Four: The cultural insistence upon a Happiness Goal is not only unrealistic, it is highly invalidating and judgmental. Our discomfort with a full spectrum of human emotion leads us to heap shame upon ourselves and others, for feeling the things that everyone else is also feeling and hiding. This causes undue suffering and self-hatred, and lots of lying. This causes many of us, over time, to learn to doubt our own experience of ourselves, and life, which leads to an insecure sense of self in the world.

Those who read this blog regularly know that I am an awe-struck humanist defined by my unique spiritual smoothie of Buddhist and reasonably Christian fruits. I am at home with the mystery of it all, comforted by our relative insignificance among the vast unknowables of space-time. I am also, as an artist, drawn to all emotions, because without a full spectrum of feelings there is no creative endeavor worth a damn. Happiness is wonderful, when it arises. But so, too, is everything else. To feel is to be alive.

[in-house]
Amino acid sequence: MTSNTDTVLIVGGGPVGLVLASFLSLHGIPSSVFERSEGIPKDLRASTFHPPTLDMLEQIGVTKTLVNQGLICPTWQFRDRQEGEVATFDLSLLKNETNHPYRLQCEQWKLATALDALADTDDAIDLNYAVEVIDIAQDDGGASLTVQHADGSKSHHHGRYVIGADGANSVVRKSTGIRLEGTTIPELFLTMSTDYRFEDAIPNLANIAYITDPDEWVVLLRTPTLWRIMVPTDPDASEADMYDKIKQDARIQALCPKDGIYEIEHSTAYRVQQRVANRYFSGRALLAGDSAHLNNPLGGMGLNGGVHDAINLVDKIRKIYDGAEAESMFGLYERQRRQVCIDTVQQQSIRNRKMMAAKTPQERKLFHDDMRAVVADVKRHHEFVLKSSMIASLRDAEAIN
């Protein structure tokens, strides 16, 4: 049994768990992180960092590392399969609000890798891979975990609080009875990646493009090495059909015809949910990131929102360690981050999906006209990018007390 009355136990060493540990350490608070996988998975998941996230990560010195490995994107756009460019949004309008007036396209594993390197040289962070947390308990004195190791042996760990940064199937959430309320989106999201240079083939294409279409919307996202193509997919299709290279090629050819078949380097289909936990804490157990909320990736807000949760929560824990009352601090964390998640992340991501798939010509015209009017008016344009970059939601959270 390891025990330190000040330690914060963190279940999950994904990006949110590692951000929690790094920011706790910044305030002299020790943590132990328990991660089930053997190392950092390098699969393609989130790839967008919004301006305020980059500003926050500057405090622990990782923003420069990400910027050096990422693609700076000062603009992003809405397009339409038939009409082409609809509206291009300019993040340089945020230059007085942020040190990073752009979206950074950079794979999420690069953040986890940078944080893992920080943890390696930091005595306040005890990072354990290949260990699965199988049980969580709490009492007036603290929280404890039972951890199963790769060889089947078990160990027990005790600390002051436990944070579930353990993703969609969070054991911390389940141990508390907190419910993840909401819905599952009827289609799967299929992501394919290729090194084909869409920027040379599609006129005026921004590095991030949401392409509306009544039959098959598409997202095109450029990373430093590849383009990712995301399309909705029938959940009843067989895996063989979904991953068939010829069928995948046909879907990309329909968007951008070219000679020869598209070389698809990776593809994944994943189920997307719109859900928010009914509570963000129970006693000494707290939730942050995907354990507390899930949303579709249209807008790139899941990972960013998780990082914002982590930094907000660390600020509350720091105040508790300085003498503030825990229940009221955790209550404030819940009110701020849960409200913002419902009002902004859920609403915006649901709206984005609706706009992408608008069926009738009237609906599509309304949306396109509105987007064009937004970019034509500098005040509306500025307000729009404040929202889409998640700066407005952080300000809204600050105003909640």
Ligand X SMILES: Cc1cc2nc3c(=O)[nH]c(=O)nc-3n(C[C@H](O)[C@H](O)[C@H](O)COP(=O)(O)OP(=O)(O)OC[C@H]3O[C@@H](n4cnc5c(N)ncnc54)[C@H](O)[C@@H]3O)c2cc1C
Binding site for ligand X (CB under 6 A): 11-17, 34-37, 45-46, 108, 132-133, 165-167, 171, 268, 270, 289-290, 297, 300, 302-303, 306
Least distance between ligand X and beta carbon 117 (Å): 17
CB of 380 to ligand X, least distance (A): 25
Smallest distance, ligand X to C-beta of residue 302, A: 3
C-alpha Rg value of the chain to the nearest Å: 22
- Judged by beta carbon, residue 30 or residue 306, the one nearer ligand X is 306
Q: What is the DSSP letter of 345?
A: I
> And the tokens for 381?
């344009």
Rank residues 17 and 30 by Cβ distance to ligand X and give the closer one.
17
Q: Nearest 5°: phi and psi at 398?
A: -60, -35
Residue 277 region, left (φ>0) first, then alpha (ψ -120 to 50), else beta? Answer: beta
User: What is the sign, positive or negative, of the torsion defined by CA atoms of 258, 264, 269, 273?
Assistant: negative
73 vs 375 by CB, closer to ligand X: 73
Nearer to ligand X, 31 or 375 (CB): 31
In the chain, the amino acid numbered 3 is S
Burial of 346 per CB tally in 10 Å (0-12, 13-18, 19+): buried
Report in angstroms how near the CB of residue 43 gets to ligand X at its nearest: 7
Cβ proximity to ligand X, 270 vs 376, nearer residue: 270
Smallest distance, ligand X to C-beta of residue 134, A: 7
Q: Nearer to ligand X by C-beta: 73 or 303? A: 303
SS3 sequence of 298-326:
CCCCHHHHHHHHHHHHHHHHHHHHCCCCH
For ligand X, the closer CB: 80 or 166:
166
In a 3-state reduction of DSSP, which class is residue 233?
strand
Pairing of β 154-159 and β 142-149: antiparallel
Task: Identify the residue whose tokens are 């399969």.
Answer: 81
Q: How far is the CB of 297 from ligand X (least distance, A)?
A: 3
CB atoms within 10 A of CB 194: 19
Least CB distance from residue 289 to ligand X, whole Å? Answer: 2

It’s okay to be whatever you are, wherever you are.

It’s okay to feel what you feel.

Just be.

 

Why “The Secret” is a Weapon of Privilege

Jun
06

 

I have written two screenplays in the past two months. One is artsy and historical, about a forgotten woman genius from Victorian-era Berlin. It was a passion project and I’m still waiting to hear back from a couple of people about it. The other is an adaptation of my second novel, done at the request of my producing partner, for a Mexican TV and music star. That one, I’ve rewritten twice, from the ground up. Hundreds and hundreds of unsatisfactory pages tossed into the bin of discontent. Writing, they say, is rewriting. Man, is that true.